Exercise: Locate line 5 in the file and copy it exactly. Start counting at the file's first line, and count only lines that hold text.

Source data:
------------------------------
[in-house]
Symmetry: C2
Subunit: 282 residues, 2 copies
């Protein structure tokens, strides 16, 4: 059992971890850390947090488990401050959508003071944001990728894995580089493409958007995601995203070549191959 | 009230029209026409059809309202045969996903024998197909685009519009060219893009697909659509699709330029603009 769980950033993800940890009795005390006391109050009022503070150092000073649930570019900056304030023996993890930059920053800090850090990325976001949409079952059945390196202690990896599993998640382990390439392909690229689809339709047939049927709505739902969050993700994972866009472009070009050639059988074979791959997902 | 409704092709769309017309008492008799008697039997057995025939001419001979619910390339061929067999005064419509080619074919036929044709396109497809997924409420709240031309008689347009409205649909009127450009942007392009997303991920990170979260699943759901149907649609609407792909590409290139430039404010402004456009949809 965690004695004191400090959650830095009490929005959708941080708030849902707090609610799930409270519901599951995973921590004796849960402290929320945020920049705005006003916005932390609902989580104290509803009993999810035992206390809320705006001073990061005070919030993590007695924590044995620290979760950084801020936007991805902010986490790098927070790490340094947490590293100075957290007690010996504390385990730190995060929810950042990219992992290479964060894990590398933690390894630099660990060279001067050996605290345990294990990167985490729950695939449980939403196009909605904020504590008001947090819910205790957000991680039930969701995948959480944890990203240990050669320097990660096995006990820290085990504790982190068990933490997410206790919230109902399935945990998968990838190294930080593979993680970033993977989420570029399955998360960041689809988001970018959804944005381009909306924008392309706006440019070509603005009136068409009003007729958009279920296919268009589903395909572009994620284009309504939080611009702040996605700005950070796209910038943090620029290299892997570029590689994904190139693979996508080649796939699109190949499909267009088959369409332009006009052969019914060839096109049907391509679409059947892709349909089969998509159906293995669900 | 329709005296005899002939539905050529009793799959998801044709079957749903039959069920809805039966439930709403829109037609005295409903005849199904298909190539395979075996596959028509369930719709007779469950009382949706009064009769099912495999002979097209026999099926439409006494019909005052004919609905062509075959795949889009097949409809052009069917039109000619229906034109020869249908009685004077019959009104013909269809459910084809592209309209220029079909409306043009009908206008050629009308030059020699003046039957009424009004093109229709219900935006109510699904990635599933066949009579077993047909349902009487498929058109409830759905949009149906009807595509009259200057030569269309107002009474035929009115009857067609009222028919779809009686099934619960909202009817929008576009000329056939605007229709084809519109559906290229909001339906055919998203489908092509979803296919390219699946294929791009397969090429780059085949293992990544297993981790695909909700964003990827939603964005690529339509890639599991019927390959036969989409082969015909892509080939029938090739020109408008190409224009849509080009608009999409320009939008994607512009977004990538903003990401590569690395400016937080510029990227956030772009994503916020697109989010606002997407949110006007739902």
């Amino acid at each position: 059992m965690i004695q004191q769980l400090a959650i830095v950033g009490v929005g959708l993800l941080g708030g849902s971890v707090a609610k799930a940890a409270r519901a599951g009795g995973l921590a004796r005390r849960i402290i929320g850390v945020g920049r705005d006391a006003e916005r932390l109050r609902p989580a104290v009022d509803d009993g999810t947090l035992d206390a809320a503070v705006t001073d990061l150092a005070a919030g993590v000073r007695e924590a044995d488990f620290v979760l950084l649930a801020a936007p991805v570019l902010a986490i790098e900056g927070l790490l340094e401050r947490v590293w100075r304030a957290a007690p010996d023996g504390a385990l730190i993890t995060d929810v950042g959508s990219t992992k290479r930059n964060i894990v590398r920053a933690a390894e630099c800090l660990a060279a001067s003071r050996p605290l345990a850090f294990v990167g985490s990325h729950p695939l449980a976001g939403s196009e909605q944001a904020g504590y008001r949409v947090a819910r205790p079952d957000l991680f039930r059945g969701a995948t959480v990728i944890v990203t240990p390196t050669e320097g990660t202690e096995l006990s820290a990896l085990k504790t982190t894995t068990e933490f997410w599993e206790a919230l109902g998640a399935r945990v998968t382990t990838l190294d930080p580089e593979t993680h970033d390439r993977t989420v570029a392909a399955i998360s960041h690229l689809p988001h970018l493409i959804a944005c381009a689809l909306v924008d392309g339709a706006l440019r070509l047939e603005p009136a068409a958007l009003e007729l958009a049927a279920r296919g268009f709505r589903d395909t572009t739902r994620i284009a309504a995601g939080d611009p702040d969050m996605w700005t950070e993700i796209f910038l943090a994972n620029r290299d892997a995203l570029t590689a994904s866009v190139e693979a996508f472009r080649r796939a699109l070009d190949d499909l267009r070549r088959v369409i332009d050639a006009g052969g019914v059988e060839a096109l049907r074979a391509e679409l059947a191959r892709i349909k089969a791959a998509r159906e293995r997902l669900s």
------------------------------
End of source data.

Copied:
């Amino acid at each position: 059992m965690i004695q004191q769980l400090a959650i830095v950033g009490v929005g959708l993800l941080g708030g849902s971890v707090a609610k799930a940890a409270r519901a599951g009795g995973l921590a004796r005390r849960i402290i929320g850390v945020g920049r705005d006391a006003e916005r932390l109050r609902p989580a104290v009022d509803d009993g999810t947090l035992d206390a809320a503070v705006t001073d990061l150092a005070a919030g993590v000073r007695e924590a044995d488990f620290v979760l950084l649930a801020a936007p991805v570019l902010a986490i790098e900056g927070l790490l340094e401050r947490v590293w100075r304030a957290a007690p010996d023996g504390a385990l730190i993890t995060d929810v950042g959508s990219t992992k290479r930059n964060i894990v590398r920053a933690a390894e630099c800090l660990a060279a001067s003071r050996p605290l345990a850090f294990v990167g985490s990325h729950p695939l449980a976001g939403s196009e909605q944001a904020g504590y008001r949409v947090a819910r205790p079952d957000l991680f039930r059945g969701a995948t959480v990728i944890v990203t240990p390196t050669e320097g990660t202690e096995l006990s820290a990896l085990k504790t982190t894995t068990e933490f997410w599993e206790a919230l109902g998640a399935r945990v998968t382990t990838l190294d930080p580089e593979t993680h970033d390439r993977t989420v570029a392909a399955i998360s960041h690229l689809p988001h970018l493409i959804a944005c381009a689809l909306v924008d392309g339709a706006l440019r070509l047939e603005p009136a068409a958007l009003e007729l958009a049927a279920r296919g268009f709505r589903d395909t572009t739902r994620i284009a309504a995601g939080d611009p702040d969050m996605w700005t950070e993700i796209f910038l943090a994972n620029r290299d892997a995203l570029t590689a994904s866009v190139e693979a996508f472009r080649r796939a699109l070009d190949d499909l267009r070549r088959v369409i332009d050639a006009g052969g019914v059988e060839a096109l049907r074979a391509e679409l059947a191959r892709i349909k089969a791959a998509r159906e293995r997902l669900s």